Over at All Things Beautiful, Alexandra asks if its possible for liberals and conservatives to have a civil debate over the nomination of Judge Samuel Alito to the Supreme Court. After thinking about the issue, my own opinion is that while such a civil debate is possible, it is highly unlikely given the highly charged nature of political debate in America today.
The relatively congenial tone of the Roberts’ debate notwithstanding, I believe that the judicial nomination process is broken, perhaps irretrievably so. The Bork and Thomas hearings are the examples that everyone remembers, but there are also the examples of William Pryor, Miguel Estrada, Janice Rogers Brown and others appointed to a Court of Appeals position who were subjected to virulent, and in Pryor’s case blatantly anti-Catholic, opposition.
Why is this case ? The past 75 years of Supreme Court precedent have resulted in an America where the Supreme Court, and by extension the entire Federal Court system is, arguably, the most important institution in America. The decision of nine justices, or even a single Federal District Court Judge, can have an immediate and long term impact on the lives, families, property, and livelihoods of ever man, woman, and child in the country. More importantly, the Courts have become the means by which various interest groups have sought to enforce their goals on society.
Instead of just interpreting the law, the Courts are now the drafters of social policy. Why do you think that the annual pro-life and pro-choice rallies that take place in Washington, DC pass by the Supreme Court?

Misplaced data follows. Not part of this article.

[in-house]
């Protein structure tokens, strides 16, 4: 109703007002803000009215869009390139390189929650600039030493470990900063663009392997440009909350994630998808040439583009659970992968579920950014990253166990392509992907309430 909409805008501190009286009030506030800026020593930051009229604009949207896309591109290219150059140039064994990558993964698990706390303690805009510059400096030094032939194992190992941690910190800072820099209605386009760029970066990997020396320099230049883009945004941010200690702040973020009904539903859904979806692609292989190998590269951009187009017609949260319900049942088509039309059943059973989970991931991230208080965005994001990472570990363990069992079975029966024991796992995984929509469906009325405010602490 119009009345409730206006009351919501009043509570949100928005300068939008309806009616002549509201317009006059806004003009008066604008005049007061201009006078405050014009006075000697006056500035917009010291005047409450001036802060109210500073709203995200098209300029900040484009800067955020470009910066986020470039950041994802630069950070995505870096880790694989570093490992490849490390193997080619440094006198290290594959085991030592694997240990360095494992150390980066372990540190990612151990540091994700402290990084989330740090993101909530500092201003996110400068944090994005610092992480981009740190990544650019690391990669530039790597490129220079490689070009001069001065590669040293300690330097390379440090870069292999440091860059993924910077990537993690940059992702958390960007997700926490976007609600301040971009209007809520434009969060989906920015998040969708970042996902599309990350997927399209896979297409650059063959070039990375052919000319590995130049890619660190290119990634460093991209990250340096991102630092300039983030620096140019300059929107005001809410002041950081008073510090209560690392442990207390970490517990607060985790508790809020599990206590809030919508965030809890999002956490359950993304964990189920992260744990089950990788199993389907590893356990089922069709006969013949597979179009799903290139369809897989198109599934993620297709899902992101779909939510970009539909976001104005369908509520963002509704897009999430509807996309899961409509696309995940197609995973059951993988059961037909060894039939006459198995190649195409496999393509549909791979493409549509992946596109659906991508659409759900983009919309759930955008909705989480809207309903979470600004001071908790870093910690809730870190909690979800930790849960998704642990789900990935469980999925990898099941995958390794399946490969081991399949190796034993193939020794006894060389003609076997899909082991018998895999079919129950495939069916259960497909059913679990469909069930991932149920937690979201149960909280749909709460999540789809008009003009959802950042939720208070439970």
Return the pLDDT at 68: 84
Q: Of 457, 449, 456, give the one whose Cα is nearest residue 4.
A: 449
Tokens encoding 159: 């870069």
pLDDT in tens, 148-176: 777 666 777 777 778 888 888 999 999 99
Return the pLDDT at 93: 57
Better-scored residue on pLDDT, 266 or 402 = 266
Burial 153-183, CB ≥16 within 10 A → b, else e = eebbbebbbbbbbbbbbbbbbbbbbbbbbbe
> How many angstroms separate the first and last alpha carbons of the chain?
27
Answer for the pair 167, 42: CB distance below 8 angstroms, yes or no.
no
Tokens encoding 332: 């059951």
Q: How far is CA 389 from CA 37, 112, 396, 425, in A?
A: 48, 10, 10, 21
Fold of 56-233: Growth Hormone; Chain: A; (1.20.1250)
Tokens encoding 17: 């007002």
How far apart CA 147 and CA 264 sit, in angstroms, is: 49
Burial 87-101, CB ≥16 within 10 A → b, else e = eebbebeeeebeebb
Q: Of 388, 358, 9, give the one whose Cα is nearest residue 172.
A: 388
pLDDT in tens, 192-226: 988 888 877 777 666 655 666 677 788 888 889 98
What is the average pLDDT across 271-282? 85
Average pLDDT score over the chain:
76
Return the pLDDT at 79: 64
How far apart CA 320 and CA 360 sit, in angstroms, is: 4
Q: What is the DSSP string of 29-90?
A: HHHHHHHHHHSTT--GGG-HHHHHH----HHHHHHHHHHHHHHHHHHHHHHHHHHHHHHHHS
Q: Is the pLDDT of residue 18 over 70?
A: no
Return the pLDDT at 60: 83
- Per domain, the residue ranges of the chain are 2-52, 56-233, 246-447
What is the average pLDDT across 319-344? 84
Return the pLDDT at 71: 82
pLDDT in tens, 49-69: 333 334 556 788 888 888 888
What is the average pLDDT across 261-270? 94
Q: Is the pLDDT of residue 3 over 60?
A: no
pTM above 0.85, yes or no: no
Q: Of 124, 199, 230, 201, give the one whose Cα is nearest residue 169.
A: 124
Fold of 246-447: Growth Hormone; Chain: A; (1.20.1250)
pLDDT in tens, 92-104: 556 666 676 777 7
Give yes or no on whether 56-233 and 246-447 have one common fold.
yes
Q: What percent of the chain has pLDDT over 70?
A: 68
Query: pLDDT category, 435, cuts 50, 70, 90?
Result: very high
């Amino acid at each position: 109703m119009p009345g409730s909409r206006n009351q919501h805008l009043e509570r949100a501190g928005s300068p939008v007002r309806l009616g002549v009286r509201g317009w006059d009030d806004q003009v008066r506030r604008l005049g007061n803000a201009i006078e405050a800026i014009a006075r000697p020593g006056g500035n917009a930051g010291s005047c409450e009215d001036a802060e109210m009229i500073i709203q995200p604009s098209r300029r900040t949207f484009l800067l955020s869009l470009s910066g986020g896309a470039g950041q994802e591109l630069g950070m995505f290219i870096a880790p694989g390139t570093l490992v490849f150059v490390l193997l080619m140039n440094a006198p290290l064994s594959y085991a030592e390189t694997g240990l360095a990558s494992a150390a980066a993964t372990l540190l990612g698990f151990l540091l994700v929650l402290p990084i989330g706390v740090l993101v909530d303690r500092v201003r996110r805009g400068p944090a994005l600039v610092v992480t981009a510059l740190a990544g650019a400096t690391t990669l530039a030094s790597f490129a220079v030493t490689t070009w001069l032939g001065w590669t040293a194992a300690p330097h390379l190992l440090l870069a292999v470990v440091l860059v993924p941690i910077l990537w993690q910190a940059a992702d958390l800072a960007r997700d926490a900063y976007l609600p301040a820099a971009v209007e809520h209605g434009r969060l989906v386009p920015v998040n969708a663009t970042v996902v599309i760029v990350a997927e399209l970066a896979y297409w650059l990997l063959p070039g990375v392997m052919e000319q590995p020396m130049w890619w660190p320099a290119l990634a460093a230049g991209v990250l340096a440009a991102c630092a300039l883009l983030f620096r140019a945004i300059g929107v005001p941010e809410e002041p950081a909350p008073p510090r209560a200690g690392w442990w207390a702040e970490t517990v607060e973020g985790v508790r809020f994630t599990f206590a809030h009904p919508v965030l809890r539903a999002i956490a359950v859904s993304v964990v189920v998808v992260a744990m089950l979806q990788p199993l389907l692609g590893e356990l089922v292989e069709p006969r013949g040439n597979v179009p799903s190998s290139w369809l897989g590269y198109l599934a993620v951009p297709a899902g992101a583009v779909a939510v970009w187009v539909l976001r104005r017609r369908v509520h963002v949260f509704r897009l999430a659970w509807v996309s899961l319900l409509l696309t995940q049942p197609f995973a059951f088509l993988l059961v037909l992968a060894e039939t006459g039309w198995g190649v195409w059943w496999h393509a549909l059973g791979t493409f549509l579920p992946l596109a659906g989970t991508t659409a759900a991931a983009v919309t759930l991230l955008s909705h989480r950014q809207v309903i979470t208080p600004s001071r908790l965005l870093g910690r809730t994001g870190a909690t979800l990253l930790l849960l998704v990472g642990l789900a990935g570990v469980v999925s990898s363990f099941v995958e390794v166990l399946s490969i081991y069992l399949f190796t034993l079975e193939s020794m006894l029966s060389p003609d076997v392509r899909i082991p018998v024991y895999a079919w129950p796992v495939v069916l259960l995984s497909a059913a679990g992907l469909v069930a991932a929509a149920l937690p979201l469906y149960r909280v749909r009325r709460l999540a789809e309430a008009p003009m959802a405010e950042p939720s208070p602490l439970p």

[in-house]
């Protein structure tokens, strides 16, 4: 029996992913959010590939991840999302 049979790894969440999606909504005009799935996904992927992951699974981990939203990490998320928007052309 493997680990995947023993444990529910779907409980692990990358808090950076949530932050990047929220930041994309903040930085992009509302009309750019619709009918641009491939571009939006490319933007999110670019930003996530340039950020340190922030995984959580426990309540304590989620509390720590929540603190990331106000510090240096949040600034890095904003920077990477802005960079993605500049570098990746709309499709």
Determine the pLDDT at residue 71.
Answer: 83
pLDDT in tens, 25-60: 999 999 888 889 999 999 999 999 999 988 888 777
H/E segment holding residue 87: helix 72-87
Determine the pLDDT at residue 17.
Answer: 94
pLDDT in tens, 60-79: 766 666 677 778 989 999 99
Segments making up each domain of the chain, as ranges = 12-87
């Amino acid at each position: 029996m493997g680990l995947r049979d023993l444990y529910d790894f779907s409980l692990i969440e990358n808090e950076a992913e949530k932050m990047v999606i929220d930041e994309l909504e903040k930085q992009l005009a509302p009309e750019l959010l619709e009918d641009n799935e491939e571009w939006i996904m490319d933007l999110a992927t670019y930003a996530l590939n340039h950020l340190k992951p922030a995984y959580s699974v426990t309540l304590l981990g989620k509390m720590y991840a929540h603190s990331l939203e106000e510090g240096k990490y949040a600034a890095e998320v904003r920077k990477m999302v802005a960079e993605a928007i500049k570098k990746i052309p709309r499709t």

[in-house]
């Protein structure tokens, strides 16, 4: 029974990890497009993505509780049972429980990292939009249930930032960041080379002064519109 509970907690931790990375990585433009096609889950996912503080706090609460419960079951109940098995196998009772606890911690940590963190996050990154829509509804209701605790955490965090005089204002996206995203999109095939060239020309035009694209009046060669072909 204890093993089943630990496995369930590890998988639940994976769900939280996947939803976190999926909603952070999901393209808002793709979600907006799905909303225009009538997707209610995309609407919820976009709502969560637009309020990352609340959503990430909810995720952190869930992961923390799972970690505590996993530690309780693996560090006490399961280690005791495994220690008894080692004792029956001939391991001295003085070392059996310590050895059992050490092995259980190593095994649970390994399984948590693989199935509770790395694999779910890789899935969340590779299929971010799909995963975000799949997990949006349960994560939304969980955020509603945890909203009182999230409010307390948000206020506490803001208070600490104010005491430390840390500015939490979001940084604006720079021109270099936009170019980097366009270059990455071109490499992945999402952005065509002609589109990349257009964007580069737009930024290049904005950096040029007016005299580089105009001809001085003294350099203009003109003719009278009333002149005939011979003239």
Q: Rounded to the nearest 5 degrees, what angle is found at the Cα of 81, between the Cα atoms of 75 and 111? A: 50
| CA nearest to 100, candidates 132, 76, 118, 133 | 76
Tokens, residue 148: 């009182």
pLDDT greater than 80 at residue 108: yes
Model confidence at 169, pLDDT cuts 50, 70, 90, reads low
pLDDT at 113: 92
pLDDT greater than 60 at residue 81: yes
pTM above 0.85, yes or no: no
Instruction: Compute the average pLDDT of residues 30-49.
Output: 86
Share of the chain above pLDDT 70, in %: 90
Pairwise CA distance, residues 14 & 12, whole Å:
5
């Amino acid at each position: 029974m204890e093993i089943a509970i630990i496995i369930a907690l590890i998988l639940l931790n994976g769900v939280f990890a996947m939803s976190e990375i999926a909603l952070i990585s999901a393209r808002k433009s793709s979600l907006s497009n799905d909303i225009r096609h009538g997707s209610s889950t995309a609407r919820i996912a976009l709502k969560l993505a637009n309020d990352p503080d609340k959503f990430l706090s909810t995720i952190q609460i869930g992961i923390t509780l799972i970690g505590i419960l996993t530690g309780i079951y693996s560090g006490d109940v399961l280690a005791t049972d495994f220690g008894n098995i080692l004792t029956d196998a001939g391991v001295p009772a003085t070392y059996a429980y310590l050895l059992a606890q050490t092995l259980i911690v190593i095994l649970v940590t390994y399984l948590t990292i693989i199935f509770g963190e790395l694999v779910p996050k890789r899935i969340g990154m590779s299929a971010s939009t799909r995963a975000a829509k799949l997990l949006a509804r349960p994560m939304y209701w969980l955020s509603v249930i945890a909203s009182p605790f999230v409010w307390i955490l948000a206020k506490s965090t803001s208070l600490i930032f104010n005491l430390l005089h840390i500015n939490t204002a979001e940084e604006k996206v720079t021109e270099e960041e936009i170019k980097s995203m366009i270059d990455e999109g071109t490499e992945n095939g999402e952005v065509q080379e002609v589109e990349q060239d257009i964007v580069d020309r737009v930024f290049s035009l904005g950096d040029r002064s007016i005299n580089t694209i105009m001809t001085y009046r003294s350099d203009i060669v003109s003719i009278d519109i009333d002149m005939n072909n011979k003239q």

This is not the role that the Courts were intended to have under the Constitution, but it is the role that they have assumed. Unless and until there is a change in what has been referred to as the “Imperial Judiciary,” this is the world in which we will live.
In essence, the Courts are now political bodies as much as the Executive Branch and Congress, and abortion is the 900 pound gorillia, the one issue on which true compromise seems impossible for the people at both extremes. Because of this, the process by which these judges and justices are appointed and confirmed has become highly politicized. Politics is, and always has been, highly charged, contentious and sometimes down right nasty. As long as the judicial confirmation process is, due to the nature of the Judiciary, a political one, then it will take on all of the characteristics of the most virulent political debate.
I am interested in what Alexandra is proposing and will be keeping an eye on it. For now, though, my answer to Alexandra’s question is, no, I do not believe that a truly civil debate is possible. The stakes for both sides are too high. Perhaps I will be proven wrong.